Despite a decrease in new cases, it is still not a time to relax, warns Archbishop Thomas Chung An-zu of Taipei
Immaculate Conception Cathedral Church in Taipei, Taiwan. Churches in Taipei Archdiocese resumed Sunday and weekday Masses from July 27 following relaxation of Covid-19 restrictions. (Photo: Comunidad Hispana Catolica Taiwan Facebook page)
Catholic parishes in the Archdiocese of Taipei have resumed Sunday and weekday Masses with limited numbers of faithful as Taiwan relaxes Covid-19 restrictions.
The prelate, however, warned that the resumption of Masses should not be taken as a signal for relaxing health safety as the virus continues to rage globally.
“The situation of the epidemic has slightly relaxed in Taiwan. The Central Epidemic Command Center will lower the epidemic alert to Level 2 from July 27 to August 9. However, as the [Delta] variant virus continues raging internationally, we still should not relax,” read the announcement dated July 23.
The notice instructed that the number of persons (including staff) at Mass in each parish should be limited to 50 for indoor services and 100 for outdoor services. Parishes with large numbers of faithful have been asked to increase the number of Masses or change to outdoor services.
All Massgoers are asked to strictly follow government rules and implement preventive epidemic measures before entering churches, such as registering names and contacts, using masks, measuring body temperature and washing hands with alcoholic disinfectants.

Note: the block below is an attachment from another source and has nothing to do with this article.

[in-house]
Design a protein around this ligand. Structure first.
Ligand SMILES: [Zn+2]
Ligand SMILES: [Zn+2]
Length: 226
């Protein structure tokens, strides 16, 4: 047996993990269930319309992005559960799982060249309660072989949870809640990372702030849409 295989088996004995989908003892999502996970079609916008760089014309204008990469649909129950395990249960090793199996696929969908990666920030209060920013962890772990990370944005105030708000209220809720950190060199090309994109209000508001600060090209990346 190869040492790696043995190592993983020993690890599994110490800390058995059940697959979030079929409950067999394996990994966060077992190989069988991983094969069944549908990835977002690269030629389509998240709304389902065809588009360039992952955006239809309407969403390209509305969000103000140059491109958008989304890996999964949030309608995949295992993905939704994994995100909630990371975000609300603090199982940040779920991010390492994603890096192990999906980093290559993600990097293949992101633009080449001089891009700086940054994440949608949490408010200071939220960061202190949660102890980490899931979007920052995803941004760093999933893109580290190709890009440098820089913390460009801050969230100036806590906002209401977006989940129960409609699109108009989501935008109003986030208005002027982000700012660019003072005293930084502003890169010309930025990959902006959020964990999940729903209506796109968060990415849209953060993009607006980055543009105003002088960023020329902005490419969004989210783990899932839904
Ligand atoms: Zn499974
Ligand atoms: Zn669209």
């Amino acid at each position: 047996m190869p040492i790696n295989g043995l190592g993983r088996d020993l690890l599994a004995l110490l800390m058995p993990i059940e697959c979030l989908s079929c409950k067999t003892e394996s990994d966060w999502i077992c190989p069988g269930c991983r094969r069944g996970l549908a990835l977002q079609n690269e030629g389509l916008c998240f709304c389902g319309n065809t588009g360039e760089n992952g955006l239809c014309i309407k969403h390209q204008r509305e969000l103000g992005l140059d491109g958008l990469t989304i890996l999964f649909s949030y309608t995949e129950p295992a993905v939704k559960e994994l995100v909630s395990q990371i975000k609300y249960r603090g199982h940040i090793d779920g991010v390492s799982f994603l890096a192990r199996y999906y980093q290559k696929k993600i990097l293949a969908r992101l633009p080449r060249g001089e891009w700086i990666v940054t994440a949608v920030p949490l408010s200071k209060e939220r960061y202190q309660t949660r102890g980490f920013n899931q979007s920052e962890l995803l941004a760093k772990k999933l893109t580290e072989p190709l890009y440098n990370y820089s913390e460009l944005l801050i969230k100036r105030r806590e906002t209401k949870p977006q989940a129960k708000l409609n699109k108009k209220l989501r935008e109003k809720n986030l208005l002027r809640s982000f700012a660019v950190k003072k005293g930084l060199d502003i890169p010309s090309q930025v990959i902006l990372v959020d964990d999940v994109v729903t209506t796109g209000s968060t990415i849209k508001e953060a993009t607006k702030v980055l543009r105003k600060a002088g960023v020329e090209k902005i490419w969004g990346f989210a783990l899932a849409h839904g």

Priests and Eucharistic ministers must clean their hands with alcoholic disinfectants before distributing the Eucharist
During Mass, there must be a 1.5-meter distance between people and the church must ensure good ventilation.
The notice also recommended that Mass offerings can be collected after the faithful receive communion in order to reduce chances of contamination by hands.
Priests and Eucharistic ministers must clean their hands with alcoholic disinfectants before distributing the Eucharist.
Taiwan has been relatively successful in tackling Covid-19 and registered only about 1,400 cases and 14 deaths until May this year. The success allowed the population to become accustomed to normal life without restrictions and lockdowns.
However, the country has seen a sudden spike in cases, prompting the government to impose new curbs including restrictions on public gatherings and movements. The government has faced criticism for a sluggish vaccination drive in the nation of 24 million.
Consequently, churches in Taiwan closed doors in mid-May once again. Last year churches were closed for two months and reopened in May following the first outbreak of coronavirus.
Thanks to the curbs, new cases have continued to decrease in recent weeks.
On July 29, the Central Epidemic Command Center reported 16 new cases, slightly lower than the 18 the previous day.
Taiwan has registered 15,662 cases and 787 deaths from the pandemic, according to worldometers.info. About 1.3 percent of the population has been fully vaccinated, local media reported.
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